Concepts Exam 2 Study Guide
Concepts Exam 2 Study Guide Nurs 20263
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This 7 page Study Guide was uploaded by Kendall Frenkel on Wednesday March 30, 2016. The Study Guide belongs to Nurs 20263 at Texas Christian University taught by Young in Fall 2015. Since its upload, it has received 32 views. For similar materials see Health assessment:concepts in Nursing and Health Sciences at Texas Christian University.
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Date Created: 03/30/16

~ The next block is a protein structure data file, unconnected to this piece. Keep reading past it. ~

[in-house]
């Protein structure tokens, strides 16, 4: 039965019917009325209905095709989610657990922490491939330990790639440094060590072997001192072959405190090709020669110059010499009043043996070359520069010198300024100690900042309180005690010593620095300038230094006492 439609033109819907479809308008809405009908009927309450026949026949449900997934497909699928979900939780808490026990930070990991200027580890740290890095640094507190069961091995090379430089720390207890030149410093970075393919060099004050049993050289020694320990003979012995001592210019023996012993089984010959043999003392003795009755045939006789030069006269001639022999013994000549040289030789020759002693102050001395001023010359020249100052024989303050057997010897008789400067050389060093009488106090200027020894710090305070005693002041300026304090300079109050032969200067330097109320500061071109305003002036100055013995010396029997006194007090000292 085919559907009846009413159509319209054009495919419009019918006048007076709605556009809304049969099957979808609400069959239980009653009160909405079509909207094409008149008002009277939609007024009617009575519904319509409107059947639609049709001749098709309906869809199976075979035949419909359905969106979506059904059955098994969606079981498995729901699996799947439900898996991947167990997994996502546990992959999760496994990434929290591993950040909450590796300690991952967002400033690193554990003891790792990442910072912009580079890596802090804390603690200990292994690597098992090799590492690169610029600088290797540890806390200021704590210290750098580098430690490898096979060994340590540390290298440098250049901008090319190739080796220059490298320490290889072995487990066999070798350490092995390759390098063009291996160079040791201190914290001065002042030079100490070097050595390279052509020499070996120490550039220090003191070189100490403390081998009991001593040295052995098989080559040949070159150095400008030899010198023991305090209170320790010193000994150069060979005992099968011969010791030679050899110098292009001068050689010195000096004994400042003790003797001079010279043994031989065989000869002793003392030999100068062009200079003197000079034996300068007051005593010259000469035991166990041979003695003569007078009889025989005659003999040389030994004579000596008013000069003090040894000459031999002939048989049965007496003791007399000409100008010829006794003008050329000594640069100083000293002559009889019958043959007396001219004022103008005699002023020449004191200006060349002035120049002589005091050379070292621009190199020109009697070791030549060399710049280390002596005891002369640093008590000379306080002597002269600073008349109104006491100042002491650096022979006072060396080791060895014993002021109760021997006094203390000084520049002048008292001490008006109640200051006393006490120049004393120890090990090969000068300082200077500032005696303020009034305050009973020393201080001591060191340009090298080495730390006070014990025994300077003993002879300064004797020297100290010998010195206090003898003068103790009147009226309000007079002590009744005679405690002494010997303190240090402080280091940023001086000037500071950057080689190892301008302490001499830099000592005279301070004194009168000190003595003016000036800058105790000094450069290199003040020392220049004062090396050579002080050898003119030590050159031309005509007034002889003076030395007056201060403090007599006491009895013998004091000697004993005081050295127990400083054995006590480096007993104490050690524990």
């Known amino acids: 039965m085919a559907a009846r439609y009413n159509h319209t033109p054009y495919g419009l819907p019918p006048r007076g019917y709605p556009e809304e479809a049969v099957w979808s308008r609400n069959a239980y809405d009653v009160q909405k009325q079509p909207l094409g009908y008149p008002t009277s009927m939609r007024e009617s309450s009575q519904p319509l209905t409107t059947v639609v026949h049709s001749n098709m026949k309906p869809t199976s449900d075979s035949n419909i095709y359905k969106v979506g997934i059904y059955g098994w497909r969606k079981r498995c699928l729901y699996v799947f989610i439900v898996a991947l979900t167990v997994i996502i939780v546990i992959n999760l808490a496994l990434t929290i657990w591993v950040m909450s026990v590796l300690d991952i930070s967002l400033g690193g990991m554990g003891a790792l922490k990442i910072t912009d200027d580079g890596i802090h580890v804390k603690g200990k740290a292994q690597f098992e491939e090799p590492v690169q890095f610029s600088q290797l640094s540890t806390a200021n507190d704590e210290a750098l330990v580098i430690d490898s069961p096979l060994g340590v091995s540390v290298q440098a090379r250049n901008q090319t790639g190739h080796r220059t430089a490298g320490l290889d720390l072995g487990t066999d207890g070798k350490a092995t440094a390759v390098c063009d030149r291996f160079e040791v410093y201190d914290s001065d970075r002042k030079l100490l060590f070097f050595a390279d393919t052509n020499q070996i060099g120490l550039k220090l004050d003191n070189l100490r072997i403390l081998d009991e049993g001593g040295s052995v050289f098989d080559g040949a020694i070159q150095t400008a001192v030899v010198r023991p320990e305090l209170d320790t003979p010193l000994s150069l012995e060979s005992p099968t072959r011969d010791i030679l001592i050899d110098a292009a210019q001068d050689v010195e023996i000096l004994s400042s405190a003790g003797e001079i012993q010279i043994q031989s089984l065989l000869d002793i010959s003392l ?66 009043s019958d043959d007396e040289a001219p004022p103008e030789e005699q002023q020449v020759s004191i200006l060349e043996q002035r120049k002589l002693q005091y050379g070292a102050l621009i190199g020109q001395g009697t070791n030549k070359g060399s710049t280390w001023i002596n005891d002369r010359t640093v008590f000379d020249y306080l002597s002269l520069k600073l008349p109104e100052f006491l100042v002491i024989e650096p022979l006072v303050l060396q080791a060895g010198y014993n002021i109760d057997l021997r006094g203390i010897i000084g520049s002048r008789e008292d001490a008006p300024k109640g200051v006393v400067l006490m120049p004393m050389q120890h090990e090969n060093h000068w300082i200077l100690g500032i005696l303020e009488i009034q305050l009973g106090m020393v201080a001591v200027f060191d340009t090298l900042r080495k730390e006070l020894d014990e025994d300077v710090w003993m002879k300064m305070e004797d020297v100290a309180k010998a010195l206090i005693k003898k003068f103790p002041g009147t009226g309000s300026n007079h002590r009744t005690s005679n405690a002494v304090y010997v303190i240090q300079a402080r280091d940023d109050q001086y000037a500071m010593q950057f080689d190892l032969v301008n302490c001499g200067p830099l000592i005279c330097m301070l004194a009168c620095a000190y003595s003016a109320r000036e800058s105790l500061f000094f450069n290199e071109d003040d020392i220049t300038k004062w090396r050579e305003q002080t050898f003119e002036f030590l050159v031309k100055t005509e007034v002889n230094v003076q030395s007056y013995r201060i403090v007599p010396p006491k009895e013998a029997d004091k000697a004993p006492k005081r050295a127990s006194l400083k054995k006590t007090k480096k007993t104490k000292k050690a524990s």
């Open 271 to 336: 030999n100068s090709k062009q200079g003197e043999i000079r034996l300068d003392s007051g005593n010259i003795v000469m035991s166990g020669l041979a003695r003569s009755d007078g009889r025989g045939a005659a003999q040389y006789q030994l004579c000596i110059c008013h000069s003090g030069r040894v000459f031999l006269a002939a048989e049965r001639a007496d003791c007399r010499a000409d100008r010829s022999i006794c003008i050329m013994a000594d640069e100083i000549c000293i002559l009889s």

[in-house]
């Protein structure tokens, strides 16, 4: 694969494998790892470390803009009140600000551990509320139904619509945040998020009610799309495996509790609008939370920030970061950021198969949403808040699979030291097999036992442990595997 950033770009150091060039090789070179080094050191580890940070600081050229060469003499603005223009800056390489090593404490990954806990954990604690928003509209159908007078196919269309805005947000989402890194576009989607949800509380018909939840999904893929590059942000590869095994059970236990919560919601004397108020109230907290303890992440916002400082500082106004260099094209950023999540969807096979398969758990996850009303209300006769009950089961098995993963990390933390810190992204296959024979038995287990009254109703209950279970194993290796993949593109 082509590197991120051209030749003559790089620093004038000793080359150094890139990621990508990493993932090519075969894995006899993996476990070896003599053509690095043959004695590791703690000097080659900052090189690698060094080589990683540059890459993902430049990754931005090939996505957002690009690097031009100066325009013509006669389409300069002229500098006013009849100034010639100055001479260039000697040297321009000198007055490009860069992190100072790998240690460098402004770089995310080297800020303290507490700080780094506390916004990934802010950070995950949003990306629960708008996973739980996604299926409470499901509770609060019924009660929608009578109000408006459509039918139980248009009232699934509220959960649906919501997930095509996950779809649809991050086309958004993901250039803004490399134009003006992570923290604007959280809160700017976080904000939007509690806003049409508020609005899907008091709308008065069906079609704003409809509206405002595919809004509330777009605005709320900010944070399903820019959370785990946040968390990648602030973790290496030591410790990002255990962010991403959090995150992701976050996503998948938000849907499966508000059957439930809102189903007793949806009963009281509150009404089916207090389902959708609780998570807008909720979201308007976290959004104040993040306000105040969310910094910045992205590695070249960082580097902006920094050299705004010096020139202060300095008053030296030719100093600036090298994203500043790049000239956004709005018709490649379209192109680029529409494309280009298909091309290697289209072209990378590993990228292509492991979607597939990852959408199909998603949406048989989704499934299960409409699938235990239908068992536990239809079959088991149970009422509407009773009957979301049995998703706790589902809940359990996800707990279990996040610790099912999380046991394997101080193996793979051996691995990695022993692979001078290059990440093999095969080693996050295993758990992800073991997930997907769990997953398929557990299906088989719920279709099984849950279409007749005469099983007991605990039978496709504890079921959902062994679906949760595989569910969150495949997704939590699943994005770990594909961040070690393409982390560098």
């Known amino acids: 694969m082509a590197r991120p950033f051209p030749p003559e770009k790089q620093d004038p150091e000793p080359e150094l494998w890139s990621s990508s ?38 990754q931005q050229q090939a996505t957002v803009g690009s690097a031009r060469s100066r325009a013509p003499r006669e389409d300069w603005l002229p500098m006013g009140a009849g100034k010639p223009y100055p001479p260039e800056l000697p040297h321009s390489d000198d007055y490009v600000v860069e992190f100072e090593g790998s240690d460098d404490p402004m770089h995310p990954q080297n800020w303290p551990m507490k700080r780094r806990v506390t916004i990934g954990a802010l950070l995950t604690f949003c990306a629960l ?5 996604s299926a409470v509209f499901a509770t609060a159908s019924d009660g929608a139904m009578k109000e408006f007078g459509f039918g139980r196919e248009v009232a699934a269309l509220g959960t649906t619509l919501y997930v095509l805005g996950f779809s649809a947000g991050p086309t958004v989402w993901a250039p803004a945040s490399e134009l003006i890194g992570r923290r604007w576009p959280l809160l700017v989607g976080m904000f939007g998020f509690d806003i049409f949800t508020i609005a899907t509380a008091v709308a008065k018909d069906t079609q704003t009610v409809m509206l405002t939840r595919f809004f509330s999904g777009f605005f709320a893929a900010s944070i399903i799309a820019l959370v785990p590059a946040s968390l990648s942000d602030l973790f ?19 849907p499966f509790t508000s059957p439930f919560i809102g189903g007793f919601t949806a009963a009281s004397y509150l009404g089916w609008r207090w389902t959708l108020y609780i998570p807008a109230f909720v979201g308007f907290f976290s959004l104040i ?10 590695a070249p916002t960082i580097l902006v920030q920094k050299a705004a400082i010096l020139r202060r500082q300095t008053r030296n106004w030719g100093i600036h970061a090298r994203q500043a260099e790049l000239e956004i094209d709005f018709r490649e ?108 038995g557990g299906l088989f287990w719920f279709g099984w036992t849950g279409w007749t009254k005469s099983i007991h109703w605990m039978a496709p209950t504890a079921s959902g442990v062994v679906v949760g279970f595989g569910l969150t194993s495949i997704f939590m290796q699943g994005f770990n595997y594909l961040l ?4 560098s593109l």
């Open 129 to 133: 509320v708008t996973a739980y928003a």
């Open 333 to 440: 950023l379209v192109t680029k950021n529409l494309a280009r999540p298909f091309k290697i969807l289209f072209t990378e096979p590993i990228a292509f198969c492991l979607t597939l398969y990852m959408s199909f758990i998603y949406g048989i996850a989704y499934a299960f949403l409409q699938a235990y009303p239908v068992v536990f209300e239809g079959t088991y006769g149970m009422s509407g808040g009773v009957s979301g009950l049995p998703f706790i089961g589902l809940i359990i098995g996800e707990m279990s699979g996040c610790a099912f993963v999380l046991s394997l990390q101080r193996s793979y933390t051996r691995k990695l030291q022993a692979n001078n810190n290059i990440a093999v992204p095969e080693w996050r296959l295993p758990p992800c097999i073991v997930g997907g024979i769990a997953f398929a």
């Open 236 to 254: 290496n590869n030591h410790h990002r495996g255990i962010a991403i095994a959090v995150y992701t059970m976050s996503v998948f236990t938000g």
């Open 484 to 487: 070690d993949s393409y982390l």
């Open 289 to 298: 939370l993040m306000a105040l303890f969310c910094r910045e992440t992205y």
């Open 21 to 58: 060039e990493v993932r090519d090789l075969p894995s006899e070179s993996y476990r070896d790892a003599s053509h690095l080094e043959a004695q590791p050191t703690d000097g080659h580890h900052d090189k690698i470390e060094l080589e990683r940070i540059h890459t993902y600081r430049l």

Study Guide Exam II Anatomy of lung Right Lung: Shorter than left lung due to the liver 3 lobes: upper, middle and lower Left Lung Narrower than right lung due to the heart 2 Lobes: upper and lower Anterior Assessment: Contains mostly upper and middle lobes Lungs begin at Clavicle and go to T6 Posterior: Contains mostly lower lobes Lungs begin at C7 and go to T10 or T12 with deep inspiration Lateral: Lungs start at Apex and go to T7 or T8 Pleurae Slippery serous membrane that cover the lungs and chest wall lubricating the lungs to avoid friction Auscultation techniques Posterior Chest: Take deep breaths and auscultate 10 spots on the back using the drop down method Start at C7 and move down to T10 Anterior: Start above clavicle and use drop down method You will hear bronchovesicular sounds in center And vesicular sounds on periphery Inspection of chest – anterior, posterior and lateral Posterior: Spine should be in a straight line Thorax should be symmetric with downward slopping ribs AP Diameter should be less than the transverse diameter…ratio of 1:2…if equal it is barrel chest Anterior: Shape and configuration of chest wall o Costal muscle should be 90 degrees Facial expression should be relaxed with unconscious breathing They should be alert and cooperative Lateral Lateral to AP diameter should be 1:2 Causes of unequal chest expansion Occurs with marked atelectasis, lobar pneumonia, pleural effusion, thoracic trauma such as fractured ribs or pneumothorax. Can occur when part of the lung is guarded or collapsed Signs and symptoms associated with COPD Sitting in tripod position (leaning forward with arms braced against knees chair or bed) Wheezing Ribs are horizontal and chest appears to be in constant inspiration Clubbing Use of accessory muscles Bronchophony is associated with? Rather than breath sounds being muffled, they are clear. To test for this you ask the person to repeat 99 while listening with your stethoscope o Normal: sound is muffled, soft and indisctinct o Abnormal: you can hear a clear 99 Risk factors for heart disease Causes include: Interaction of genetic, environmental and lifestyle factors Risk Increases with age Women tend to get it later than men because of menopause 9 modifiable factors Lipids, smoking, hypertension, diabetes, abdominal obesity, psychosocial factors, inadequate diet, alcohol use, and lack of regular physical activity Location of apex and base of the heart Base: at the top of the heart Apex: at the bottom of the heart Know: S1, S2, S3, S4 sounds S1: first heart sound, occurs with the closure of the AV valves and signals the beginning of systole. Usually loudest in the apex. S2: occurs with closure of the semilunar valve and signals the end of systole. Usually loudest at the base. S3: ventricular filing that creates vibration that can be heard over the chest. S3 occurs when the ventricles are resistant to filling during the early rapid filling phase S4: occurs at the end of diastole when the ventricle is resistant to filling. The atria contract and push blood into a noncompliant ventricle creating the vibrations known as S4 which occur just before S1 Splitting of heart sounds Mitral and tricuspid components are heard separately (normal but uncommon) o S2 split is a normal phenomenon that occurs at the end of respiration Inspiration separates the time of the aortic and pulmonic valves closing and so instead of one dub you hear a split sound T-Dub A Thrill is?? A palpable vibration that signifies turbulent blood flow and directs you to locate the origin of loud murmurs What do you know about percussion of the heart? Percussion has been replaced with a chest X-ray or ECG because they are more accurate Percussion is also of limited use with the female breast tissue or in an obese person or a person with a muscular chest wall. Arterial system versus venous system Arterial: Heart pumps freshly oxygenated blood through the arteries to all of the body tissues High pressure system Arteries can stretch and recoil thanks to elastic fibers All arteries have a pressure wave or pulse to push blood through them Venous: Veins are parallel to arteries but push blood in the opposite direction Veins absorb CO2 and waste products from the periphery and carry them to the heart More veins than arteries and they lay closer to skin surface Low pressure system Mechanism they use to keep blood flowing: o Contraction of skeletal muscles o Pressure gradient created by breathing causing thoracic pressure to decrease and abdominal pressure to increase o Intraluminal valves to ensure unidirectional flow Know location of peripheral pulses Temporal Artery: palpated in front of the ear Carotid Artery: palpated in groove between sternomastoid and trachea Brachial artery: runs in the biceps-triceps furrow of the upper arm and surfaces at the antecubical fossa in the elbow medial to the biceps tendon. Bifurcates the radial and ulnar artery Radial Artery: lies medial to the radius at the wrist Ulnar Artery: lies medial to the ulna but is deeper and harder to get to then the radial Femoral Artery: back of the thigh Dorsalis Pedis: on top of the foot with a great and small saphenous vein running down the leg medially How do you assess the carotid arteries? Palpate each carotid medial to the sternomastoid muscle in the neck Avoid excessive pressure Palpate only one at a time to avoid compromising blood flow to the brain Eyelids Two Rapid Window Shades that further protect the eyes from injury, strong light and dust. Upper eyelid Stronger, more mobile Tarsal plates are strips of connective tissue that give it its shape o Tarsal plates contain meibomian glands that are modified sebaceous glands that secrete an oily lubricating material onto the lids Eyelashes Short hairs in double or triple rows that curve outward from lid margins filtering out dust and dirt Palpebral Fissure Elliptical open space between the eye lid Ptosis Drooping of the upper eyelid Canthus: Corner of the eye, angle where the lids meet Inner Canthus o Caruncle is a small, fleshy mass containing sebaceous glands Which cranial nerves are responsible for extraocular movement of eye? CN VI Abducens nerve Innervates lateral rectus muscle CN IV Trochlear nerve Innervates superior oblique muscle CN III Oculomotor nerve Innervates all the rest: superior, inferior, and medial rectus and the inferior oblique muscles What is intraocular pressure? Anterior and posterior chambers of the eye contain clear, watery aqueous humor that is produced continually by the ciliary body It is determined by the balance between the amount of aqueous pressure produced and resistance to its outflow at the angle of the anterior chamber Review visual fields and visual pathways of visual examinations? Visual Fields Objects reflect light. The light rays are reflected through a transparent media and hit the retina. The retina transforms the light into nerve impulses that are conducted through the optic nerve and the optic tract to the visual cortex. Image formed in retina is upside down and reversed from actual appearance in outside world. Visual Pathways of Visual Examination Test Central Visual Acuity o Snellen Eye Chart: most commonly and most accurate used. It has lines and letters arranged in decreasing size o Near vision-jaeger Card Test vision fields o Confrontation test: screens for loss of peripheral vision. Compares the persons peripheral vision with your own, assuming that yours is normal. What is visual accommodation? Adaptation of the eye for near vision Accomplished by increasing the curvature of the lens through muscles in the ciliary body Components of accommodation that can be observed are convergence of the axes of the eyeballs and pupillary constriction What is pupillary light reflex? Normal constriction of the pupils when bright light shines on the retina No conscious control over it The sensory afferent link is Cranial nerve II (optic) and the motor path is cranial Nerve III (oculomotor) What is presbyopia? Decrease in accommodation power with aging A suggested test is holding a card up to a persons face. If they have to push it further away to read it, it’s a big indicator Signs and symptoms of venous stasis? Symptoms Aching pain in lower lower calf of lower leg, worse at end of the day and with prolonged standing, sitting. Signs Lower leg edema that can not be resolved with diuretic therapy Increased venous pressure causing red blood cells to leak out into skin Venous ulcers are shallow and may contain granulation tissue RBC break down hemosiderin (iron deposits) which are brown pigment deposits Who is more likely to experience venous disease? People who undergo prolonged sitting, standing, or bed rest because they do not benefit from the milking action that walking accomplishes. Smokers, diabetes mellitus, hypertension, non Hispanic blacks Lymphatic system This is a completely separate vessel system that retrieves excess fluid and plasma proteins from the interstitial spaces and returns it back into the blood stream. Fluid moves from a pressure system- at the arterial end, hydrostatic pressure from the heart pumping pushes somewhat more fluid out of the capillaries than the veins can absorb. This extra fluid goes into lymph vessels and is eventually returned back into the blood stream. The right lymphatic duct empties into the right subclavian vein and it drains the right side of the head and the neck, right arm, right side of thorax, right lung and pleura, right side of the heart, and the right upper section of the liver. The thoracic duct drains the rest of the body. It empties into the left subclavian vein. The function of the lymphatic system are to o 1) conserve fluid and plasma proteins that leak out of the capillaries o 2) form a major part of the immune system that protects the body against disease o 3) absorb lipids from the small intestine. Lymphatic capillaries start as microscopic open ended tubes which take up interstitial fluid, they them turn into vessels and drain into larger ones. These vessels have valves, so flow of lymph is one way up. Flow is propelled by contraction of the skeletal muscles, by pressure changes secondary to breathing, and by contraction of the vessel walls themselves. Lymph nodes of the peripheral vascular system Small, oval clumps of lymphatic tissue located at intervals along the vessels. Most are arranged in groups, both deep and superficial. They filter fluid before it returns to blood stream and B and T cells scan for pathogens. Cervical nodes: drain the head and neck Axillary nodes: drain the breast and upper arm Epitrochlear node: the ante cubital fossa and drains the hand and lower arm Inguinal nodes: in the groin drain most of the lymph of the lower extremity, the external genetalia, and the anterior abdomen wall Organ of Corti Sensory organ of hearing o Numerous receptor hair cells, as they bend they mediate vibrations into electric impulses Air conduction and bone conduction of hearing Air conduction is greater than Bone conduction Air Conduction: When sound waves go directly into the ear Bone Conduction: Vibrations enter the ear drum through the cranial bones Function of hearing involves the auditory system at three levels 1. Peripheral: ear transmits sound and converts its vibrations into electrical impulses which can be analyzed by the brain. The amplitude is how loud the alarm is and the frequency is the pitch or number of cycles per second. 2. Brainstem: binaural interaction, which permits locating the direction of a sound in space and identifying the sound 3. Cortex: interprets the meaning of sound and begins the appropriate responses. All of this happens in the split second it takes to react to an alarm. What are causes of hearing loss? Conduction? Sensorineural? Anything that obstructs the transmission of sound impairs hearing. Conduction: Involves a mechanical dysfunction of the internal or middle ear o Partial loss because the person is able to hear if the sound amplitude is increased enough to reach normal nerve elements in the ear o Can be caused by impacted cerumen, foreign bodies, a perforated tympanic membrane, pus or serum in the middle ear and ostosclerosis Sensorineural: o Pathology of the inner ear, CN VIII, or the auditory areas of the cerebral cortex. o A simple increase in amplitude may not enable a person to better hear and understand words o Also known as presbycusis: a gradual nerve degeneration that occurs w aging, and by ototoxic drugs that can affect the hair cells Hormones and impact on breast tissue At puberty, estrogen stimulates breasts to enlarge Breasts of nonpregnant women change with the ebb and flow of hormones during the menstrual cycle The beginning of breast development precedes puberty by 2 years Pregnancy stimulates the expansion of the ductal system, fatty tissue and the development of true secondary alveoli After menopause estrogen and progesterone decrease cause breast glandular tissue atrophy Population most at risk of breast cancer? White woman have higher risk starting at 45 years of age African American women have higher risk under 45 years of age Heavy alcohol consumption, prolonged hormone therapy, low physical activity and unhealthy diet all increase the risk. Gynecomastia A benign growth of breast tissue in males during adolescence Only temporary Can be unilateral or bilateral Review breast examination Women should become comfortable with look and feel of their breasts o Exam should be done monthly, 4-7 days into menstrual cycle (breasts are smallest) o Palpate in shower or laying down. Press your 3 middle fingers in circular motion using 3 levels of pressure. Follow an up and down pattern Mental status examination, when, where, why? Inferred through assessment of an individuals behavior Usually can assess through the context of an health history interview It is important to perform a full mental status exam when you discover any abnormality in affect or behavior in the following situations: o Brief screening suggests anxiety or depression o Family members are concerned o Brain lesions o Aphasia o Symptoms of a psychiatric mental illness